The girls wore red corduroy outfits with satin lining. They also wore buck shoes, which were white on the top with red rubber soles. If the shoes got dirty, little pillows with powder in them were dabbed on the shoes to make them clean. Also, their socks had to be rolled to exactly an inch and a half. When they went to competition, they would have a forty-five minute standing inspection. This was when the judges went to each girl individually and inspected the uniform. They would get out a ruler to make sure the socks were rolled to exactly an inch and a half. The girls were not allowed to speak and they had to hold their smiles until the entire team was inspected. That year, the Pasadena drill team received third place at the competition in Corona and third place at Hawthorn, which was a parade.

Jacquelyn’s inspiration for becoming a teacher was from her teacher, Mrs. Van Horn. Jacquelyn attended Pasadena city college for 2 years, all the while helping Mrs. Owens with the drill team. She then attended San Diego State. She married Frank Graham and moved to San Jose where she graduated. Her husband Frank got transferred to Albuquerque, New Mexico and settled down for good. She went to the University of New Mexico to get her MA degree. After that, she substituted for APS for three months before getting a position as the physical education teacher. She was also asked to take on the Del Norte Castelles, the dance and drill group at the time.

The Castelles at the time had pom-poms and black and white outfits. They also had captains that were in charge of the squad. In order for there to be a club or organization, there had to be a sponsor. The drill team did not have one so they used Mr. Thibbert’s name in order to have the squad. Once Mrs. Graham came, things started to change. They ordered new uniforms that the squad decided on. They obtained white ruffles with blue and black trim with a blue tie in the front, a turquoise jumper, black shoes, and pig tails wrapped with a thin blue ribbon. They also had black and white pom-poms. Mrs. Graham kept the captains for one year but decided that there was no need for them. Also, the pom-poms they used the first year got left behind and the black shoes were exchanged for white. In the beginning, the team was both drill and dance. But after three years, the team became just drill. In order to show what drill was suppose to look like, Mrs. Graham had films sent to her of her old drill team in Pasadena. The girls would put the film on a projector and play the moves in slow motion in order to learn them. After a couple of years, they were able to make up their own moves.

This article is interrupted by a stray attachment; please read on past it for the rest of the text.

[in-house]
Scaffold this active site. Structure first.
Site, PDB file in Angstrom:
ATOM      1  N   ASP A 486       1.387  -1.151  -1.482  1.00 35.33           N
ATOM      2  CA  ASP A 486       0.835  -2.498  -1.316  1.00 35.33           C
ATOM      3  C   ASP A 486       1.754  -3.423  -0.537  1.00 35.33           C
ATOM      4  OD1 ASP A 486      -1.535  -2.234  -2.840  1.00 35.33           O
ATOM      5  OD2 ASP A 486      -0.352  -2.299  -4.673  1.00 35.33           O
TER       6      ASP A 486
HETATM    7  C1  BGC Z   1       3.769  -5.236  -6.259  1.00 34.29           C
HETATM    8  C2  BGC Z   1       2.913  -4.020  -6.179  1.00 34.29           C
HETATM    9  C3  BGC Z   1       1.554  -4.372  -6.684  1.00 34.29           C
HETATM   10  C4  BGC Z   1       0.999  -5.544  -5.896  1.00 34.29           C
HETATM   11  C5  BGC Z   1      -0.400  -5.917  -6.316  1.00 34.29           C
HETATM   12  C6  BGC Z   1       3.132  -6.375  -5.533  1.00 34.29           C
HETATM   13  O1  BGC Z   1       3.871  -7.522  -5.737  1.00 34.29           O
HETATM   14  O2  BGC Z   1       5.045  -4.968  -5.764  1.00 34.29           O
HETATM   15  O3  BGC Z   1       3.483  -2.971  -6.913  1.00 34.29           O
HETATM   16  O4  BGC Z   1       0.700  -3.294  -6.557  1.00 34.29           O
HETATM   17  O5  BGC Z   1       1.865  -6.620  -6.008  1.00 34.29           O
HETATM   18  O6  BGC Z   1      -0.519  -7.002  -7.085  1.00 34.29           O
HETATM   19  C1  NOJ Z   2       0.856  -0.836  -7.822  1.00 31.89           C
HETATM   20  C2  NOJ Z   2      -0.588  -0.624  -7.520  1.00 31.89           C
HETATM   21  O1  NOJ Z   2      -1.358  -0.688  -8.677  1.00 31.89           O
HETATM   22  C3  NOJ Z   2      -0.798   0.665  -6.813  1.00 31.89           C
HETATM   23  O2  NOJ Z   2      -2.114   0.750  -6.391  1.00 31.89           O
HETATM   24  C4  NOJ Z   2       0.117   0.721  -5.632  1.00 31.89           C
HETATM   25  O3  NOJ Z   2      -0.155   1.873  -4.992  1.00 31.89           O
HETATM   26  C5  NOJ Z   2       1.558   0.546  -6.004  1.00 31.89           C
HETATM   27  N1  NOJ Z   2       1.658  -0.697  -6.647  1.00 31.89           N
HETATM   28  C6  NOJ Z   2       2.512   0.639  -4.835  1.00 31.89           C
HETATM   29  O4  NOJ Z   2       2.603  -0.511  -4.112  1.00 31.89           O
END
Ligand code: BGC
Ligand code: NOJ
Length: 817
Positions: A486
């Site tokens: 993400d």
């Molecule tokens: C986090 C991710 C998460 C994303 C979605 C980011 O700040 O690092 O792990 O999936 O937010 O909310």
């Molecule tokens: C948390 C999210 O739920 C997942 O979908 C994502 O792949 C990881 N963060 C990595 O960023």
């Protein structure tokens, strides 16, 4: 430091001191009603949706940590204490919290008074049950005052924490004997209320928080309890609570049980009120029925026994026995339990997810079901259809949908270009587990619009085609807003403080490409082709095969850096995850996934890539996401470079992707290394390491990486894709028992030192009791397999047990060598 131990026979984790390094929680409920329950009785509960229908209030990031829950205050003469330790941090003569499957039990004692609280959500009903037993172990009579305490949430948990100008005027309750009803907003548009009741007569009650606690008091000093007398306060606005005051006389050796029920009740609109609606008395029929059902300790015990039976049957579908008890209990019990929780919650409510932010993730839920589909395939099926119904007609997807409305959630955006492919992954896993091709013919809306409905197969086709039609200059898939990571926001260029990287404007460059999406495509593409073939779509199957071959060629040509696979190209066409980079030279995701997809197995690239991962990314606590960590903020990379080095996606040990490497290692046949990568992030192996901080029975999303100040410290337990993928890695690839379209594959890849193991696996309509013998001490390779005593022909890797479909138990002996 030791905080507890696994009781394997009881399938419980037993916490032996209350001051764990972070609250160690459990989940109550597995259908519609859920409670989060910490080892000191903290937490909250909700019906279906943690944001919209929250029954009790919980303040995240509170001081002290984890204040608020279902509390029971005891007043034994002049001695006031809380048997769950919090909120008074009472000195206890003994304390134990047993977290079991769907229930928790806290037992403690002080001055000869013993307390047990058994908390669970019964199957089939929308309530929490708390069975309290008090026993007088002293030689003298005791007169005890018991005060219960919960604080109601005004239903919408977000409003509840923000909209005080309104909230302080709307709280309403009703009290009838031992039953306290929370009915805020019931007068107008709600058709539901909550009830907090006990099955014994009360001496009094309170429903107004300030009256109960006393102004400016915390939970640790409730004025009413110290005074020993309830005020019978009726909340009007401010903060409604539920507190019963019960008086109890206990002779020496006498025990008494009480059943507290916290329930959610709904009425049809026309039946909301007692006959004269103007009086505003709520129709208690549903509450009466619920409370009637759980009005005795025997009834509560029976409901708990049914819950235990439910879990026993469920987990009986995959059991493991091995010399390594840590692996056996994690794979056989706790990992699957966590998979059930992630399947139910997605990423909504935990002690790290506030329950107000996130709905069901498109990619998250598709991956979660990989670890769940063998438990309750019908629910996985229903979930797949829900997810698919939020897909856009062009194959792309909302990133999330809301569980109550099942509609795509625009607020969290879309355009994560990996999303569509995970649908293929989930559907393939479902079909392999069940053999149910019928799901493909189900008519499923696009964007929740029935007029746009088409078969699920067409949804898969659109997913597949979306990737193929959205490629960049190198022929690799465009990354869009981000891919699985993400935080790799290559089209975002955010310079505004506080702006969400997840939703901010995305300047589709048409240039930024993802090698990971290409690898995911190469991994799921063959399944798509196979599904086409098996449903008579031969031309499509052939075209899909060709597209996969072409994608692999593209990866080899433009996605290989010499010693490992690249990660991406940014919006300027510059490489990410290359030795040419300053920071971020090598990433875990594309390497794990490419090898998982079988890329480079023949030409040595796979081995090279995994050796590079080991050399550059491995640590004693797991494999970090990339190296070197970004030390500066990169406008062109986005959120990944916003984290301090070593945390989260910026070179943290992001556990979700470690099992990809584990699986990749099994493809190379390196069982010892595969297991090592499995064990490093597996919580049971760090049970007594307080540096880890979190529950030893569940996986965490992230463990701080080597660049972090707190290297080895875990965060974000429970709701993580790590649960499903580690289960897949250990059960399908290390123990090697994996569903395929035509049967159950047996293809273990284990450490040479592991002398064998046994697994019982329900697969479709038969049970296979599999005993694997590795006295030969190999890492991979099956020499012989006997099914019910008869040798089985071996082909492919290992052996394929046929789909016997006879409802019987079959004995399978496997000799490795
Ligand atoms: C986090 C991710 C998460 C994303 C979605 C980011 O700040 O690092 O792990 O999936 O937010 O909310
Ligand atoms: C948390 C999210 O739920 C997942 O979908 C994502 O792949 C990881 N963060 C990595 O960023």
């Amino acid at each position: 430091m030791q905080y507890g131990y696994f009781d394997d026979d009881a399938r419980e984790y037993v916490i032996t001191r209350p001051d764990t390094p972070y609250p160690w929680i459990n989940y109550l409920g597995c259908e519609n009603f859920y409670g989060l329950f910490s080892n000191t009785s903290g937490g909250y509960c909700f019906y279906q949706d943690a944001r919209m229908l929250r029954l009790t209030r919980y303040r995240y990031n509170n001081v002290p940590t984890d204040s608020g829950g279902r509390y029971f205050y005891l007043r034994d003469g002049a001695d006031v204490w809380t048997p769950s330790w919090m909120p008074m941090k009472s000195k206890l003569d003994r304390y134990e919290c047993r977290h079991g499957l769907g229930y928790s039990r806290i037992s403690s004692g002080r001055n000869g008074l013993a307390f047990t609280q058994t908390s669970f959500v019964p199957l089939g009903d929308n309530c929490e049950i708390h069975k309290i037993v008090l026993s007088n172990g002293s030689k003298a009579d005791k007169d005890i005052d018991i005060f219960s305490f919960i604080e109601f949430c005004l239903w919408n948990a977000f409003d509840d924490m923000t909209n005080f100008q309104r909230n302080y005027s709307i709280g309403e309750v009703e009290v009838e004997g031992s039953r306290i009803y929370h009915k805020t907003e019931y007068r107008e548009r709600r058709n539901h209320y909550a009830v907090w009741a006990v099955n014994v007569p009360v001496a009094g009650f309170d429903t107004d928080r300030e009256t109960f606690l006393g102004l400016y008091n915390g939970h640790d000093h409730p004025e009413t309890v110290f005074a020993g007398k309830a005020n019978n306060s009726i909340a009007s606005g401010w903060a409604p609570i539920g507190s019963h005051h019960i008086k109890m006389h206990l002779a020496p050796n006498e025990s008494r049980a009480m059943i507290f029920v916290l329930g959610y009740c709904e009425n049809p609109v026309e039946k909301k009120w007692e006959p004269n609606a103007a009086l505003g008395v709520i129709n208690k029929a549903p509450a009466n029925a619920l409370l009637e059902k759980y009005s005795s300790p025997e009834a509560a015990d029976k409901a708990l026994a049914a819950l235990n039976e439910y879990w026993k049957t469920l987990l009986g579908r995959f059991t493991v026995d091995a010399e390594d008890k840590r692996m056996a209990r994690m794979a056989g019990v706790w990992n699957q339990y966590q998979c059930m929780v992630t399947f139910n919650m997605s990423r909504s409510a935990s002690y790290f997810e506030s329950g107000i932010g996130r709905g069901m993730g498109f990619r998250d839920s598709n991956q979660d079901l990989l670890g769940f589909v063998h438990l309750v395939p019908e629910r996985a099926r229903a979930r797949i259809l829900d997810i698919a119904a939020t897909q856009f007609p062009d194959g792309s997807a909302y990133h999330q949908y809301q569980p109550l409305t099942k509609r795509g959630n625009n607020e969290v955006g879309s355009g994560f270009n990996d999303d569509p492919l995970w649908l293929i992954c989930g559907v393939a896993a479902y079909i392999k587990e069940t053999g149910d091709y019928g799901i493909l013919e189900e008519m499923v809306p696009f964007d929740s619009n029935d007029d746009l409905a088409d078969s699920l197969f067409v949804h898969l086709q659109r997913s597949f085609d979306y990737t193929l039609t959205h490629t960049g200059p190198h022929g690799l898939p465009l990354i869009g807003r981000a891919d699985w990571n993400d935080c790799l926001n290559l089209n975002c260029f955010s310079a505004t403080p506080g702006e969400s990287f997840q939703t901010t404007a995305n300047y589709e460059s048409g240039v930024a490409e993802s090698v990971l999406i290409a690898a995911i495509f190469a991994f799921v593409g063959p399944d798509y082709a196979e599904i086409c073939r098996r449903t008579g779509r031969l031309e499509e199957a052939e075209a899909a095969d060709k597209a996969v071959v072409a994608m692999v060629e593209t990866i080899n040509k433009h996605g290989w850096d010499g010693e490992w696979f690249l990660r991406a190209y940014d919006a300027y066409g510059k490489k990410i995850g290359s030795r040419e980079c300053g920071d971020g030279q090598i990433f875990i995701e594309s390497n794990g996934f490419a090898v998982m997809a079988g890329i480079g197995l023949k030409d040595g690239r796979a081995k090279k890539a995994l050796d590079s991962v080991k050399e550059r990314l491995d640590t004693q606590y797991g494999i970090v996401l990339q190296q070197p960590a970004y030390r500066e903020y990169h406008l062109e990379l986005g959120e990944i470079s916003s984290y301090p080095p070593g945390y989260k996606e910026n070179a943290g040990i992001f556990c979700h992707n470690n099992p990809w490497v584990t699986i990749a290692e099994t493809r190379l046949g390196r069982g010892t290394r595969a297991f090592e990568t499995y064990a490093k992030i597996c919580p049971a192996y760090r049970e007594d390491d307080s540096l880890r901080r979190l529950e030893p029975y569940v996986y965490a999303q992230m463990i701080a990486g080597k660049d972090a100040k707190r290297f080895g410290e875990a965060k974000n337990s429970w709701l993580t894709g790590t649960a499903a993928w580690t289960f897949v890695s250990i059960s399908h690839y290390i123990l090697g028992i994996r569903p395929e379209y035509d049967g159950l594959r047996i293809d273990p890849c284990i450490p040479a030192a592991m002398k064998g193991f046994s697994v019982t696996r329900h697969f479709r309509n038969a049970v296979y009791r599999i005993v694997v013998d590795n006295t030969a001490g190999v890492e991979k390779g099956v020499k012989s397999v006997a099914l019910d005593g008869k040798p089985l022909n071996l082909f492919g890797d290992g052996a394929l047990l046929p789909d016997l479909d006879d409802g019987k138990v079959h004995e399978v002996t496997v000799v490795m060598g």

Every year for twenty years, the Castelles participated in Christmas Parades and several State Fair Parades. In 1974, they represented New Mexico at the Cinco de Mayo Parade in Guaymas, Mexico. Then next year, they were in the Tournament of Roses Parade and also marched in the Disneyland Christmas Parade. In 1986, they were the only entire drill team invited to perform at the Closing Ceremonies of the Statue of Liberty. They were part of the 800-member drill team, which performed at Giant Stadium. They were also selected to perform at the Dukes Stadium two times along with several other drill teams in town. They were a prelude to the performance of the Beach Boys.

In 1984, Mrs. Graham was inducted into the Let’s Cheer of America Cheer/Drill Coaches Hall of Fame, of Let’s Cheer Magazine. The next year she hosted the New Mexico State Cheer/Drill Competition at the UNM Arena. She has also been one of two 5-A representatives for Drill Team for New Mexico. She has served on this committee for 31 years. She also served on the Activities Committee for three years and the Executive Board for 2 years, both of which for the New Mexico Activities Association. In October of 1992, she was named APS/ Wendy’s Teacher of the Month. An article and her picture appeared in the APS football program. She was named Who’s Who Among America’s Teachers in 1994 and was selected to Who’s Who Among New Mexico Teachers in 1995 (Graham interview). During halftime at the Boys State Basketball Tournament on March 8, 1996, Mrs. Graham was inducted into the NMAA Hall of Fame. Selection to the NMAA Hall of Fame is considered the highest honor bestowed upon anyone devoted to and associated with interscholastic education (Del Norte yearbook 96).

In 1979, the Castelles did their first ever black-light performance. The assembly was held in the secondary gym. Everyone was very surprised when the Castelles strode onto the floor and the lights went out. But the black lights proved to be efficacious. Since then, the Castelles have had one black-light performance a year, usually for the winter assembly.

In 1985, Mrs. Graham teamed up with John Fannin, the band director at the time, and became the band’s color guard. The girls went out with flags, one dark and light pink and the other purple. The next year, the NMAA decided that in order to win a state trophy, they would have to do two routines out of dance, drill, prop, or pom-poms. Mrs. Graham wasn’t too big of a fan of dance and she disliked the idea of pom-poms. So they decided to use the flags they used while they were in color guard. They used those flags for a couple of years before switching to nicer flags. One was a dark and light shade of pink and turquoise with a silver stripe and the other is all silver.